DUBAI, May 31 (Reuters) - The adoption by the United Arab
Emirates of certain sharia-compliance standards has slowed the
issuance of Islamic bonds from the Gulf, adding to a chronic
supply-demand imbalance, market sources said.
Dubai, one of the UAE's seven emirates, has long aimed to
establish itself as a major global centre for issuance of sukuk,
or Islamic bonds, that constitute the backbone of the $2.2
trillion global Islamic finance industry. UAE investors are also
key players in the global sukuk market.
But compliance standards adopted by UAE central bank body
the Higher Sharia Authority, and confusion around them, are
preventing local banks from buying some sukuk, prompting
investors to request clearer rules as the UAE's flow of new
issuance ebbs, market sources said.
"The market is going through a teething period as it seeks
clarity on how to find ways to comply with the regulations,"
said Bashar Al Natoor, global head of Islamic finance at Fitch
The Higher Sharia Authority (HSA) adopted the sharia
standards of the Bahrain-based Accounting and Auditing
Organization for Islamic Financial Institutions (AAOIFI), the
standard-setting body for the Islamic financial industry, in
2018. However, issuance programmes created prior to that were
exempt from the new rules, sources said, meaning the effect has
taken some time to become apparent.
Investors also said disagreement among scholars at UAE
institutions over whether Saudi Arabia's National Commercial
Bank's AT1 sukuk issuance in January was AAOIFI-compliant, and
thus adhered to HSA regulations, had rattled potential buyers.
A key issue is around AAOIFI requirements for certain debt
instruments' "tangibility ratio", which relates to the assets
that need to be used as collateral for sukuk to remain
sharia-compliant until maturity.
"All this is causing a logjam in issuance and in my view is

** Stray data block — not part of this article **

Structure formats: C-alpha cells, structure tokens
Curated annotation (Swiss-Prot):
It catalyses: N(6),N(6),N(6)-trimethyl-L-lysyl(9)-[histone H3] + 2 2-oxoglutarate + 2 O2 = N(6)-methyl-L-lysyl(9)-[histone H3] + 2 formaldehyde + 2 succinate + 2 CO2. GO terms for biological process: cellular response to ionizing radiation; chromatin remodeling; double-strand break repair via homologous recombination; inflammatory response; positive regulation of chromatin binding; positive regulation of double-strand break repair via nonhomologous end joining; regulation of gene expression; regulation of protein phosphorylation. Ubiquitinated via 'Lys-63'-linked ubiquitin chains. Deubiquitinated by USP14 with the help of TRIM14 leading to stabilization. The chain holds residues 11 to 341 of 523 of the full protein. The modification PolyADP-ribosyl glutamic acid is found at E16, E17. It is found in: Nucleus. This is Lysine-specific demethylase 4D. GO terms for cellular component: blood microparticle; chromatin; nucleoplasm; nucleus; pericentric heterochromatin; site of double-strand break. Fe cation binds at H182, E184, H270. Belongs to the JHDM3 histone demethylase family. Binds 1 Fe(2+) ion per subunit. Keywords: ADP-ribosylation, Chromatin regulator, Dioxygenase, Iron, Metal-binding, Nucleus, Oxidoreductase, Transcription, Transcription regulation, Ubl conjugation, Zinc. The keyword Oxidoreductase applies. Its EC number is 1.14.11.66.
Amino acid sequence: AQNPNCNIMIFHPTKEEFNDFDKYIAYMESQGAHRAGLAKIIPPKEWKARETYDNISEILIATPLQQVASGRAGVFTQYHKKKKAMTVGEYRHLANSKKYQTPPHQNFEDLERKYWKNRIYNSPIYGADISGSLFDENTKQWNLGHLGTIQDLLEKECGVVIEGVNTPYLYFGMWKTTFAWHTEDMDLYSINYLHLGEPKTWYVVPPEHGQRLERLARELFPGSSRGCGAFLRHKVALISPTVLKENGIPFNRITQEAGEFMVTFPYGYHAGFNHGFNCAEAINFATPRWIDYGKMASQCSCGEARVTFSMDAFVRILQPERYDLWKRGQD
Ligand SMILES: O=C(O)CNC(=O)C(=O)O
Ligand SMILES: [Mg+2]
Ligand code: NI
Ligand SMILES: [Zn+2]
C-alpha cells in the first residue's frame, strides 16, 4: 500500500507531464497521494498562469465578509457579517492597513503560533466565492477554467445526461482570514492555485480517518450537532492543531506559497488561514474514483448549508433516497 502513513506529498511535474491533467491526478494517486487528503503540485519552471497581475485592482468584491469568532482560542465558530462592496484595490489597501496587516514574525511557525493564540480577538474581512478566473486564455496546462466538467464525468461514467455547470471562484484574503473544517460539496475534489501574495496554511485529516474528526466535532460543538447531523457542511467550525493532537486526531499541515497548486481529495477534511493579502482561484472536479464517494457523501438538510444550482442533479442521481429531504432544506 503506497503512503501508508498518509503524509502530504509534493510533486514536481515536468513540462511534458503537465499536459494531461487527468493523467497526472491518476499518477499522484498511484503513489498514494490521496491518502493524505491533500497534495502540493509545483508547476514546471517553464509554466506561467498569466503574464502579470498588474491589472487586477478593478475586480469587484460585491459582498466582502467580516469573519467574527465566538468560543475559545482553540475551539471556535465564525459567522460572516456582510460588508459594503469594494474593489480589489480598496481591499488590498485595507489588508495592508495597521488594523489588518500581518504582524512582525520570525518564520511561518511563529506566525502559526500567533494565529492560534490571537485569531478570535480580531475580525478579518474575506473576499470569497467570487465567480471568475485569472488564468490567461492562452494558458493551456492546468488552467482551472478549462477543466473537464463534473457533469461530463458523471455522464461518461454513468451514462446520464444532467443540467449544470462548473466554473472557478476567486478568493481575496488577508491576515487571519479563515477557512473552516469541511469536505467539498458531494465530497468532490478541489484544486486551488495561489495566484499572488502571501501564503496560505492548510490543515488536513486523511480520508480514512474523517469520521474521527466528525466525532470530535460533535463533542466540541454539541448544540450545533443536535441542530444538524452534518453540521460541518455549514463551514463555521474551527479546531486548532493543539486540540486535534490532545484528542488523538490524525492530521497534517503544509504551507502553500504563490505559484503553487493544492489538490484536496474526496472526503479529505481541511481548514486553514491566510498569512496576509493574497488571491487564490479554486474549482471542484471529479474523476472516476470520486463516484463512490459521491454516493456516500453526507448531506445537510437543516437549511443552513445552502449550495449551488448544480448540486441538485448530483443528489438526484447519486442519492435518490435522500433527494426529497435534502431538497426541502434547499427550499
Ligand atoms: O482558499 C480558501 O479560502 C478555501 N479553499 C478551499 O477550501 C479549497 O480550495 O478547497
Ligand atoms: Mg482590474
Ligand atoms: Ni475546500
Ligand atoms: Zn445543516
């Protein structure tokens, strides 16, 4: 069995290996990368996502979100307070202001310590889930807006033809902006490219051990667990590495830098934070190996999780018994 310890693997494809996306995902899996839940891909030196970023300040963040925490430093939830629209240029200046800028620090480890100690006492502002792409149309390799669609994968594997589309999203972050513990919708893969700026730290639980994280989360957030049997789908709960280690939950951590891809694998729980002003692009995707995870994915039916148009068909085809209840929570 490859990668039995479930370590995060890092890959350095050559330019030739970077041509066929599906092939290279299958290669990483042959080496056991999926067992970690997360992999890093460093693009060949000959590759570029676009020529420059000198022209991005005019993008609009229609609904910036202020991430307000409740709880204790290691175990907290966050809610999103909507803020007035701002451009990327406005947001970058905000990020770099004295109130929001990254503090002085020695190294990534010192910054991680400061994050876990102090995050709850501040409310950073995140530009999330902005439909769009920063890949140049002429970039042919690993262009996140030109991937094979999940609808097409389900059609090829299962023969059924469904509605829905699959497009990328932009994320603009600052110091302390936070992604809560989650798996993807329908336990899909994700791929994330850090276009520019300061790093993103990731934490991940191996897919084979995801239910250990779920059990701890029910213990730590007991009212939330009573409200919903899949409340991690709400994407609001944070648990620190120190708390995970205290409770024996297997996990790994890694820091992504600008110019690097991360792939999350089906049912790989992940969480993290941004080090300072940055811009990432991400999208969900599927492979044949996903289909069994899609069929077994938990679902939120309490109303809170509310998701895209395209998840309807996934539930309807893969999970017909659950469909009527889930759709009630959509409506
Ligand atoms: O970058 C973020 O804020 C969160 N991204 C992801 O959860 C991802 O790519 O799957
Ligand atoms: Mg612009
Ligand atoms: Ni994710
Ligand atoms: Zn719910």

becoming an existential threat to the long-term viability of the
market," Abdul Kadir Hussain, head of fixed income asset
management at Arqaam Capital, wrote in a note.
"Standardisation remains an elusive dream," he added.
Dollar sukuk issuance from the UAE so far this year totals
just $1 billion, compared with $6.35 billion through all of 2020
and $7.9 billion in 2019, according to Refinitiv data.
Despite expectations of an acceleration in global issuance
in 2021, there was less than $2 billion in hard currency sukuk
sold in the first quarter of this year, versus $7 billion in the
same period of 2020, according to Hussain.
This has led to sukuk risk being mispriced, he and others
said, as Islamic investors scramble for the few issues on offer,
especially AAOIFI-compliant ones.
In March, Arabian Centres sold $650 million in sukuk at
5.625% in a non-compliant deal and drew just $1.35 billion in
demand, while Bahrain's National Oil and Gas Holding Company
(NOGA Holding), which has a lower credit score, raised $600
million in eight-year sukuk. Those sukuk, which conform to
AAOIFI standards, were sold at 5.25% and attracted more than $2
billion in orders.
The HSA has been holding discussions with investors to
address standardisation issues this year, two market sources
The central bank did not respond to requests for comment.
Sukuk, which seek to replicate conventional bonds without
the use of interest payments, can be complex and time-consuming
to structure, and difficult for investors to understand.
AAOIFI's standards in some structures require the
tangibility ratio to be 51% throughout the sukuk's tenor,
meaning assets worth more than half the issuance value are used
Investors say this limits the ability of issuers to leverage
up, making it more likely for them to issue conventional bonds,
and further dent sukuk supply.
S&P analyst Mohamed Damak said if an asset doesn't perform
as expected it can hit the sukuk's tangibility ratio.
"Because of that the sukuk has to be accelerated - and (if)
the corporate doesn't have the cash on its balance sheet to pay
it back - then it's a risk for the investors," he said.
"So this is why it's causing a little bit of a headache for
issuers in the UAE."
(Reporting by Yousef Saba and Davide Barbuscia; Editing by